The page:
4 archaic a : to cause to recur b : to restore to a former condition

5 a (1) : to force to capitulate : bring under control : subdue, subjugate

(2) : to wipe out (an enemy position) : eliminate, demolish

b : to make captive or hand over

c (1) : to put under obligation : make, compel

(2) : to force to resort

(3) : to cause to succumb

d obsolete : to make more temperate : overcome

e : to cause to revert to one's possession by exercising a legal claim

6 a : to assign to or describe in terms of fundamental classification

b : to bring to a systematic form or character — used with to

c : to endow with a definite shape

d : to transfer to or as if to paper — used with to

7 a : to put back (as a herniated mass) into place b : to restore (as elevated blood pressure) to a normal condition c : to set (as a fracture) by restoring misplaced parts to a normal position

8 a chiefly Scots law : rescind, annul b : to lower in grade or rank : demote

9 a : to lower in condition or status : debase, downgrade

b : to be driven by poverty or deficiency

c : to make physically weak

d : to diminish in strength or density : such as (1) : to dilute (as a paint) with a thinner (2) : to extend (as a pigment) with an inert extender or pigment (3) : to make (a photographic negative) less dense

e : to diminish in value

10 a (1) : to change the denominations of without changing the value (2) : to change the form of (an arithmetical expression) without changing the value (3) : to construct a geometrical figure similar to but smaller than (a given figure)

b : to transpose from one form into another : convert, translate

c (1) : to change (an expression) from a form that is given to another that is equivalent but considered to be more fundamental or important

(2) : to change (a syllogism) to a mood in the first figure 11 a : to break down (as by crushing, grinding, or burning) : cause to disintegrate : pulverize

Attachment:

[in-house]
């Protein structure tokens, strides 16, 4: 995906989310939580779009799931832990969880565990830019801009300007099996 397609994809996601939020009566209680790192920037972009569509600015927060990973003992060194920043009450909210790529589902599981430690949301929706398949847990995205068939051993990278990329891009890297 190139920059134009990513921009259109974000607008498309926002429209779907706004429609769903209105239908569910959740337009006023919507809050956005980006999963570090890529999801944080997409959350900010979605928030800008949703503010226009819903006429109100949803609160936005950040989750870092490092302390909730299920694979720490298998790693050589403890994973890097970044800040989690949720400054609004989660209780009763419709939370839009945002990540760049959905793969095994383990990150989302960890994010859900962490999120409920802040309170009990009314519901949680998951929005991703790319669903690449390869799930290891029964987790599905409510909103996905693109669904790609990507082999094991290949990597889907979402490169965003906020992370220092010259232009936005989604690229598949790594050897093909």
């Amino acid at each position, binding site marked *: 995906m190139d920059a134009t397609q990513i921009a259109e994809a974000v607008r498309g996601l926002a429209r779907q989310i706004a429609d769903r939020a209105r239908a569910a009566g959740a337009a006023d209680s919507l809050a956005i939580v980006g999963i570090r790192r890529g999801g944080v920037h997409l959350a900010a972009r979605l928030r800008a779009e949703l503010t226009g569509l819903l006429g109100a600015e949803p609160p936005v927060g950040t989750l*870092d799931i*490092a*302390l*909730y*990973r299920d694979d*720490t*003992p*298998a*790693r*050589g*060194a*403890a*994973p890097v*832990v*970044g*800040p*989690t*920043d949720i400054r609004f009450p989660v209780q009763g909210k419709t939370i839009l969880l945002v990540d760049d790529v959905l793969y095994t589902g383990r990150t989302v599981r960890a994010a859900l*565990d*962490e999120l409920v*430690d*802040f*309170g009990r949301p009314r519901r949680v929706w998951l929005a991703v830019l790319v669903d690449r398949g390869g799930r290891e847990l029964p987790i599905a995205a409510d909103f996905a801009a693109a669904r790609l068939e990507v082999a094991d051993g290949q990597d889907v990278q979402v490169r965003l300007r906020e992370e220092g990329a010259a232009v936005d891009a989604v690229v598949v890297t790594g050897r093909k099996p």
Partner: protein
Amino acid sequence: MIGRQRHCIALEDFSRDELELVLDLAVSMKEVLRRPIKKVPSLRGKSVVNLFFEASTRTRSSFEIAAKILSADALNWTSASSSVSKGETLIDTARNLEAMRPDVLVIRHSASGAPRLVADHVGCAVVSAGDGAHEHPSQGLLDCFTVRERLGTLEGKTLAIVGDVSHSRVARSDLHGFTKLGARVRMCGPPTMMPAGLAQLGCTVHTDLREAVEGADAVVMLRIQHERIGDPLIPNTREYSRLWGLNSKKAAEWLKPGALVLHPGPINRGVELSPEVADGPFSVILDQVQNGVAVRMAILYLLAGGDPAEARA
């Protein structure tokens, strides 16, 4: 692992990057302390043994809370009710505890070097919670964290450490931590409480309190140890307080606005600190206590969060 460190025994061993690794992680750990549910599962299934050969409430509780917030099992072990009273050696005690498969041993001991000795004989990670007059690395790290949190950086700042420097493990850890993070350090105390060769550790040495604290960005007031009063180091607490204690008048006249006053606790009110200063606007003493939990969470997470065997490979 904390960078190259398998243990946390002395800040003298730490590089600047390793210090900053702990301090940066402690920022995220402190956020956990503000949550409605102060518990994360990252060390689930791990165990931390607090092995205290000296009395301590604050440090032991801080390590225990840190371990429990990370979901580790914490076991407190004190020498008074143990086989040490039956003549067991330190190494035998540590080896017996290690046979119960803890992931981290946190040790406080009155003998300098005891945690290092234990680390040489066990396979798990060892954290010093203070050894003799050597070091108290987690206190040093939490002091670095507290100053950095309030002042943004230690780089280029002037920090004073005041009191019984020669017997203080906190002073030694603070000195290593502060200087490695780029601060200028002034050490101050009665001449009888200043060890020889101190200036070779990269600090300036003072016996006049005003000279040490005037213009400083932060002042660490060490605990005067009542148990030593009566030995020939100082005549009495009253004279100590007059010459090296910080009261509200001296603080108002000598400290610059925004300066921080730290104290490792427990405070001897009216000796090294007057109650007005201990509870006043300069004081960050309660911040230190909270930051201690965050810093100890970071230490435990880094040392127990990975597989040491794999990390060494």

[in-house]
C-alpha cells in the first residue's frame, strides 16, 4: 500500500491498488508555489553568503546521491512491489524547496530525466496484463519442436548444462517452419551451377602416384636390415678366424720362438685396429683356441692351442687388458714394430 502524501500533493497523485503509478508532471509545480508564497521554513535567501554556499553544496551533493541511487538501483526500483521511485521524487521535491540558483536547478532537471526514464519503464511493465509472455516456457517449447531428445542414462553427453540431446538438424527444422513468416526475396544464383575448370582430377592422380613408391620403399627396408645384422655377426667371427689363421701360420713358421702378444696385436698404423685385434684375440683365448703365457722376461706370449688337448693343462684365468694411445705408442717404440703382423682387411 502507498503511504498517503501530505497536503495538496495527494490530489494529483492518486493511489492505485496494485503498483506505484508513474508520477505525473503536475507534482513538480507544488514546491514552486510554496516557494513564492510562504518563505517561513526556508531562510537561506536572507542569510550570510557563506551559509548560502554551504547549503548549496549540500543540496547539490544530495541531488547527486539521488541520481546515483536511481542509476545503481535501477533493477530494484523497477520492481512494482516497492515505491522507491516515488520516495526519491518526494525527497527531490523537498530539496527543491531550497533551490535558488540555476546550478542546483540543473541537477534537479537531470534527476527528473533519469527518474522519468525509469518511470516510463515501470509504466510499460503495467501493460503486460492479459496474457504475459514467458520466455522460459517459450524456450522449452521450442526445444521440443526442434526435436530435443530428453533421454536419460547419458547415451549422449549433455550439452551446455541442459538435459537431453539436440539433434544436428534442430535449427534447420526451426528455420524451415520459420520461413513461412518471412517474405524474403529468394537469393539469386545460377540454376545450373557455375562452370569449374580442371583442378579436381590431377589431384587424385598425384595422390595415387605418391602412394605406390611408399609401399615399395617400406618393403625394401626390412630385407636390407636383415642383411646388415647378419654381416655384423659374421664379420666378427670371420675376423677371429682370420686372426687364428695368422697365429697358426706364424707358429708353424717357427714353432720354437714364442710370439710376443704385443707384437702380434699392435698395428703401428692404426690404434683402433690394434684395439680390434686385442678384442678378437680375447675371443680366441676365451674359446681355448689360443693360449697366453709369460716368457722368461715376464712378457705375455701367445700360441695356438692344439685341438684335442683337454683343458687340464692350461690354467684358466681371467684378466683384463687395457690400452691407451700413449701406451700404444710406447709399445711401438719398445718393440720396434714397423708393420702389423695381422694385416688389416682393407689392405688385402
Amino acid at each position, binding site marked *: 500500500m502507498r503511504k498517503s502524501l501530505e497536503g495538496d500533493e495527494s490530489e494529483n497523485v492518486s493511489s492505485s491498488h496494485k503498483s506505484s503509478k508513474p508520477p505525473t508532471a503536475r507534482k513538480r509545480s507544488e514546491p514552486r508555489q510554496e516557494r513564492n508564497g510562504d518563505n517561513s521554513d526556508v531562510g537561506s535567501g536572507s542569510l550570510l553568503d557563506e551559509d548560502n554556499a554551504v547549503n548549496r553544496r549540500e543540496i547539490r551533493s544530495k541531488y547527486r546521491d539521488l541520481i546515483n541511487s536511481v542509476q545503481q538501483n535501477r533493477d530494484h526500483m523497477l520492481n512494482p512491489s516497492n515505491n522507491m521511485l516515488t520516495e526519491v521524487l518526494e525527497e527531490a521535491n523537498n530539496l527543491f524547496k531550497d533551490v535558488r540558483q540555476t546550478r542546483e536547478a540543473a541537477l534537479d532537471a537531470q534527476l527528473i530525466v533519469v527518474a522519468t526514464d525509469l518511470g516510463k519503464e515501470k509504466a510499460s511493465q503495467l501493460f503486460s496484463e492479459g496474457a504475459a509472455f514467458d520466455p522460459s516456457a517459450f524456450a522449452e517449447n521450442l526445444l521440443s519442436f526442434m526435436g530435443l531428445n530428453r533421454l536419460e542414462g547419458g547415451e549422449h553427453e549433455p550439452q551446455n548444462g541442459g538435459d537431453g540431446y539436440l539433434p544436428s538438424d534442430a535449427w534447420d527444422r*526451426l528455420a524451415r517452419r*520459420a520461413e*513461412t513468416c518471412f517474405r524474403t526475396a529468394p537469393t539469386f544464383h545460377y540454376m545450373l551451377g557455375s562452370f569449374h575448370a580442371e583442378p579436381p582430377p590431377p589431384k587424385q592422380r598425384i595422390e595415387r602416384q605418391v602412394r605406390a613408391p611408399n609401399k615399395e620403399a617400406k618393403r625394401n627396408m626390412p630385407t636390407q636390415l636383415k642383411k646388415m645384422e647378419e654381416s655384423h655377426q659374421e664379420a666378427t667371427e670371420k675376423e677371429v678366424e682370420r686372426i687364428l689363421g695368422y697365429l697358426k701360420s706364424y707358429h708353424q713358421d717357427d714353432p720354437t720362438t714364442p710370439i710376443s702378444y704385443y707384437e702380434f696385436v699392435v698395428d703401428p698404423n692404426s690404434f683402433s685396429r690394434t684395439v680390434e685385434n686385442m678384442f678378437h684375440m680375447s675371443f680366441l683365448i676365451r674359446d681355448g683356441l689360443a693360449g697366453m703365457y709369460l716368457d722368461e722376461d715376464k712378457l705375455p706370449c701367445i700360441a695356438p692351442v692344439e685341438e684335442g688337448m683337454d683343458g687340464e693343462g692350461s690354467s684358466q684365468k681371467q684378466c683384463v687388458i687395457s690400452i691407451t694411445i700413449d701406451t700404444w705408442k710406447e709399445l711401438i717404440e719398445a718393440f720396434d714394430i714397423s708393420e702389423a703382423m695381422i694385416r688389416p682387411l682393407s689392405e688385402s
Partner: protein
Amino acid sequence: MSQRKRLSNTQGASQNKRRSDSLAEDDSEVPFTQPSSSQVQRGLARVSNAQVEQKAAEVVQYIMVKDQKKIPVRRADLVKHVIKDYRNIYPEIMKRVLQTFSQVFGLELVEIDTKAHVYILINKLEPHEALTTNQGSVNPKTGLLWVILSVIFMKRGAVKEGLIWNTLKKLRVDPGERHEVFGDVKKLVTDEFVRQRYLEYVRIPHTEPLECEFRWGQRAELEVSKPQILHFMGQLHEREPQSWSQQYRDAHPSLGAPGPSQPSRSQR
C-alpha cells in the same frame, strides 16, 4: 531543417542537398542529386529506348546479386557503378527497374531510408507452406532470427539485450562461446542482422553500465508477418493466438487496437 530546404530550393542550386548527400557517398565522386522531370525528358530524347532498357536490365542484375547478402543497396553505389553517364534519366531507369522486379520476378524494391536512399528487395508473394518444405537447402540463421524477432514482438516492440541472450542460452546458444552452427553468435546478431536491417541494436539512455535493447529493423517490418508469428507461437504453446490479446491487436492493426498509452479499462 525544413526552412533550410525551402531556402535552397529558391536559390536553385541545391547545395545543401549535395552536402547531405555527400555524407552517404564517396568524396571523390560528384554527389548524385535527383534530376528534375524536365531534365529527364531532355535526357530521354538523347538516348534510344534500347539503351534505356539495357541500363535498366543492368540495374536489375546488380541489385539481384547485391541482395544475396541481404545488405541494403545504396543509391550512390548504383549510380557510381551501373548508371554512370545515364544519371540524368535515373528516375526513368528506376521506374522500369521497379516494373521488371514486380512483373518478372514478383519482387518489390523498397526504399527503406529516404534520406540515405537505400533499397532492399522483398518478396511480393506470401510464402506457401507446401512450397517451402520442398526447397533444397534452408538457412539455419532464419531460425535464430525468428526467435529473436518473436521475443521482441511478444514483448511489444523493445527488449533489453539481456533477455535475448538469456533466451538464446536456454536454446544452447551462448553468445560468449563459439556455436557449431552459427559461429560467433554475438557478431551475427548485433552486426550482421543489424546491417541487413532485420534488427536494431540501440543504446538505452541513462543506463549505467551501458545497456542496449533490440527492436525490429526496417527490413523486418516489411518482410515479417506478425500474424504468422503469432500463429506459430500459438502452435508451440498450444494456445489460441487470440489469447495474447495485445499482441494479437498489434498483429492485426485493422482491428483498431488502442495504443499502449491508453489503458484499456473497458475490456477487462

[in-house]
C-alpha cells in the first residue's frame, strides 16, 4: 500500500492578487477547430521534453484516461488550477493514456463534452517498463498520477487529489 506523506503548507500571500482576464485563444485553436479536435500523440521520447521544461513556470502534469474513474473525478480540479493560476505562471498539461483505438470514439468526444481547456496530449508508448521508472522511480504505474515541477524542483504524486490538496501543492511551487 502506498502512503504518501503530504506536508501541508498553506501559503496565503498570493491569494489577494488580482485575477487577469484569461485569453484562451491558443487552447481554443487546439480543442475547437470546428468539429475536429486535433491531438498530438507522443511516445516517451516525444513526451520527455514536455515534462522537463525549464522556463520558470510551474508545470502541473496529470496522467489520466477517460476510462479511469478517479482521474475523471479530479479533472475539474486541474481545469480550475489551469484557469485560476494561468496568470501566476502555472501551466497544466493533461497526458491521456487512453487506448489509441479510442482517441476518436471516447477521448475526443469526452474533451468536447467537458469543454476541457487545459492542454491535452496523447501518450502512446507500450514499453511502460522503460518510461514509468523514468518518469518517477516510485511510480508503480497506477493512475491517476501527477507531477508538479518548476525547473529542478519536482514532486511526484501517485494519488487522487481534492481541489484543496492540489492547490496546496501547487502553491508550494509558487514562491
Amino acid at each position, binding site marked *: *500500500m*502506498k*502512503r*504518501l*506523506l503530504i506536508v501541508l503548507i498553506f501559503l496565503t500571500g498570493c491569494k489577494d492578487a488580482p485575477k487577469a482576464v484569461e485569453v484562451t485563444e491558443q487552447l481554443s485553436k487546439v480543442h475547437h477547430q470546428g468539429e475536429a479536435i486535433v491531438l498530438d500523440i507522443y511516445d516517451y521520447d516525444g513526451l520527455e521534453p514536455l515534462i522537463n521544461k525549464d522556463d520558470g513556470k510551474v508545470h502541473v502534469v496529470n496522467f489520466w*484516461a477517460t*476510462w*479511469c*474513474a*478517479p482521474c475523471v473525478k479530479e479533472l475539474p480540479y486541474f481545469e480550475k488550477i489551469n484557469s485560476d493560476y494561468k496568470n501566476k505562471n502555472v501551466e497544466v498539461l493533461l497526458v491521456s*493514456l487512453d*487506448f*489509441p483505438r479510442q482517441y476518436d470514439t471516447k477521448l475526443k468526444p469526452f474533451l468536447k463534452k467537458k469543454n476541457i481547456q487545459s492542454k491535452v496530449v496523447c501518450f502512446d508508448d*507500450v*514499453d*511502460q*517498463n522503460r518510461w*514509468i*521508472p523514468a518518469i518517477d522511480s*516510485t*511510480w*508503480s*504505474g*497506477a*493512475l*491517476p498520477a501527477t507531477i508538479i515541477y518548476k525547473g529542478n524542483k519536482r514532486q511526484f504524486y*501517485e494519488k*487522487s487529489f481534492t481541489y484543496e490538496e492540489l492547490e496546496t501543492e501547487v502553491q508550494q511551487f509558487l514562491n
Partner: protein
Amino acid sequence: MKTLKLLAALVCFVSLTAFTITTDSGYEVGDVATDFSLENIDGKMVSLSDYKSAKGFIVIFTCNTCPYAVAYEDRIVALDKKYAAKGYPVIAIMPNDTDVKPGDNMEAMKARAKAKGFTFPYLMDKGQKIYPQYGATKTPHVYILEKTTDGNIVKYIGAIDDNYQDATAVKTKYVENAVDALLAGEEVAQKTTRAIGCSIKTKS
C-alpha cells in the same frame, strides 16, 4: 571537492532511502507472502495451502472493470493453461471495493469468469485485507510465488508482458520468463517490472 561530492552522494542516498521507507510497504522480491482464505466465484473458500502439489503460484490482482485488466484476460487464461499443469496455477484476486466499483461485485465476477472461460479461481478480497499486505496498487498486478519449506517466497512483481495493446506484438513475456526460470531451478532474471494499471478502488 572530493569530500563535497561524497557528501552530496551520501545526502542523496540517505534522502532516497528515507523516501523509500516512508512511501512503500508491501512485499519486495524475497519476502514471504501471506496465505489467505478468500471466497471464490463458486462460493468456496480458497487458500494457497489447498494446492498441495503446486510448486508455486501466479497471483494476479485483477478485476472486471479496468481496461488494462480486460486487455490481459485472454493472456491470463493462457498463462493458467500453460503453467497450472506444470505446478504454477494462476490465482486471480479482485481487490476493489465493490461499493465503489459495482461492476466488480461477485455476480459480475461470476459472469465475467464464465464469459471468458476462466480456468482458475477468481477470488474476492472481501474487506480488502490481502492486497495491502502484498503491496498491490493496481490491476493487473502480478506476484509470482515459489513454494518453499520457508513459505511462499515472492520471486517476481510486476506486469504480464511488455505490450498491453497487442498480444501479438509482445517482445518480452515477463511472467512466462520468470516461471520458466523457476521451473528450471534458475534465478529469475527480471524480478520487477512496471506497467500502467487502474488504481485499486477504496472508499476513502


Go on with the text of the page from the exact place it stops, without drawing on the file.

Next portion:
b archaic : to cause (a military unit) to disperse : disband

c : to separate into commercially usable elements

d : to treat (garbage) so as to recover grease and other products

12 a : to bring to the metallic state by removal of nonmetallic elements — compare smelt

b : deoxidize c : to combine with or subject to the action of hydrogen : hydrogenate

d : to change (a compound) by decreasing the proportion of the electronegative part : change (an element or ion) from a higher to a lower oxidation state : add one or more electrons to (an atom or ion or molecule) — opposed to oxidize

13 : to transform to actuality

14 a (1) : to use an unstressed vowel (as \ə) or no vowel at all instead of (a stressed vowel) (2) : to make such alteration in (a syllable)

b : to cause the loss of a member from (a series of consonants or vowels) intransitive verb

1 a : to become diminished or lessened; especially : to lose weight by dieting

b : to become concentrated

c : to undergo meiosis

d : to become consolidated

2 : to become converted or equated

3 : to become weakened or diluted

4 : to undergo processing especially for commercial purposes

Here, the most closest definitions to the verb "lower" are 3c, 9a, d, e, but the government is talking about the "standard" or the "requirement" of the age rule for drinking, so that either none of the definitions in the list "downgrade" or "diminish" won't fit with the OP's case. However, 3c could become a problem. Though the definition " to bring to a specified state or condition by guidance or leadership" seems to fit nicely, it is not a bit hard to call the "state" about the nuance of the OP's question, but rather be a "standard" if you closely look at the OP's question, so I would like to discard this too. If you look up the whole definition I presented, you would see the verb "reduce" has a nuance to "break/lessen physically/materially something".